Gaps in support

While acknowledging how much governments have already done to help broad segments of workers, businesses, and industries through stimulus and policy interventions, other segments remain overlooked or underserved by actions taken so far, panelists said. Among Boone’s biggest concerns, for example, are low-income countries that don’t have the same institutional structures or policy tools as do advanced economies to respond to an economic crisis like this. Unlike advanced economies with “almost unlimited funding,” Furman said, the International Monetary Fund (IMF) — a key growth and emergency funding resource for developing nations — doesn’t have an unlimited amount of money to sustain economies.

The IMF has $1 trillion of available lending capacity for its member countries, and has already begun providing funds to fight the pandemic. As of the end of March, more than 80 countries had applied for emergency funding, the largest number of requests for assistance the IMF has ever received at one time.

Boone also highlighted challenges in supporting the “informal job market” — those operating as independent contractors and freelancers in the gig economy. While small business lending facilities and qualifying these workers for unemployment benefits may help some, she believes governments will need to provide additional support, possibly in the form of more direct checks.


“The bigger question — and what we don’t know yet is — is this like a natural disaster and the economy springs back, or is it like a financial crisis and takes a very long period to get back?”


Furman, for his part, thinks states and localities will have large unmet funding needs and less power and capacity as borrowers to address them directly. “The entities that can best borrow at this time are national governments,” he said. “They’re effectively borrowing on behalf of sub-national government.”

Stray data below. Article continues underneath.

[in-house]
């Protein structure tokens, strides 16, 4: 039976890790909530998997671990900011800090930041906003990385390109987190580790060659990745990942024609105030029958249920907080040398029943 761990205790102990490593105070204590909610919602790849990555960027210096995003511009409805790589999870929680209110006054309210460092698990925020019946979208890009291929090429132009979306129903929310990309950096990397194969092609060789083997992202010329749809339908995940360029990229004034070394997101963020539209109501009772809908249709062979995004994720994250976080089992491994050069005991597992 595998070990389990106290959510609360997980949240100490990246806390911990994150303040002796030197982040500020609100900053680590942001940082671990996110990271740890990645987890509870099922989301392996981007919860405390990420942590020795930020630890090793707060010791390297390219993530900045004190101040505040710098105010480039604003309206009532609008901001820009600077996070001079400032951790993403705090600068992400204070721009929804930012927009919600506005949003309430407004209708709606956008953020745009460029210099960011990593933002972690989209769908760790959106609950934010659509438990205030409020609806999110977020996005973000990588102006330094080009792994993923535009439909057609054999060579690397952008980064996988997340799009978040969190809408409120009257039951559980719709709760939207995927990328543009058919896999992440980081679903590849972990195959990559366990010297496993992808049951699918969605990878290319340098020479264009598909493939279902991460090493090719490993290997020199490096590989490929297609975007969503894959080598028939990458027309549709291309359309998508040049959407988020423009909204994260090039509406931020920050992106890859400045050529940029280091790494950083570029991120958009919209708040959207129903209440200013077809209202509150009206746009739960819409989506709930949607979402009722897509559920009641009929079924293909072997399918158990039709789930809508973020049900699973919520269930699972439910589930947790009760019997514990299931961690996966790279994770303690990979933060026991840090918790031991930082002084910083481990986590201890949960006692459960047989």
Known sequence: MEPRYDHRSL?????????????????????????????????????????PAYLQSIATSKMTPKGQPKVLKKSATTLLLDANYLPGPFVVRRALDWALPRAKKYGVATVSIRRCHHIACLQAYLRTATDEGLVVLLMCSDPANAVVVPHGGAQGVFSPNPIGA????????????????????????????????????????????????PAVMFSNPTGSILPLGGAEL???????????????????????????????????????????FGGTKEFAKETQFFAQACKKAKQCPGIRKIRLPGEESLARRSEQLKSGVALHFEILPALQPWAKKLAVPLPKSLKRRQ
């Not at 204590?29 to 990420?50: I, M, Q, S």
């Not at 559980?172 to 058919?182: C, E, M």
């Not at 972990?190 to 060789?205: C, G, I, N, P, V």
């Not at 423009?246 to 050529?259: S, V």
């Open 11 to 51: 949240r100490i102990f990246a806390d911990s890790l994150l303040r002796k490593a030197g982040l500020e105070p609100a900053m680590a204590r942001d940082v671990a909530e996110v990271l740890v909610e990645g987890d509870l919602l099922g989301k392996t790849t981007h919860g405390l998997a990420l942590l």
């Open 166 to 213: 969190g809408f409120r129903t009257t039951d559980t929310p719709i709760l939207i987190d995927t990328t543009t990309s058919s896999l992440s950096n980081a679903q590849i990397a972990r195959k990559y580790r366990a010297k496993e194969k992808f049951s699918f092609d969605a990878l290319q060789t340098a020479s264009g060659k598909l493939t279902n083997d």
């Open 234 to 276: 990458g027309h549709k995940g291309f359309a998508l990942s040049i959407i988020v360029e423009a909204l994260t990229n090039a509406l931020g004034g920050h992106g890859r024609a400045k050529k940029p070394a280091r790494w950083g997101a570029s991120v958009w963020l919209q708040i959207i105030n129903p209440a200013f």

States and localities, while receiving $150 billion to fight the pandemic in the US government’s $2 trillion CARES Act, will also need substantially more support, in part to offset what is expected to be massive tax collection shortfalls. “The biggest absence in the legislation was general fiscal support for states and localities,” Furman observed, noting while the money in CARES helps with the emergency, some states, like New York, didn’t receive nearly enough funds to tackle even that.

How long and severe the economic crisis is going to be depends on a lot of unknowns, but the panelists agreed that making good choices now, collaborating, and operating transparently will greatly impact the ultimate outcome for the global economy. “For the European Union, I think it’s a real test,” Boone said, highlighting how EU countries have begun to show solidarity and build a coordinated response. Boone added that she hopes the collaboration continues.

Furman said he is hopeful too. “It’s hard to see fiscal and monetary policy letting” the world slip into a global Depression.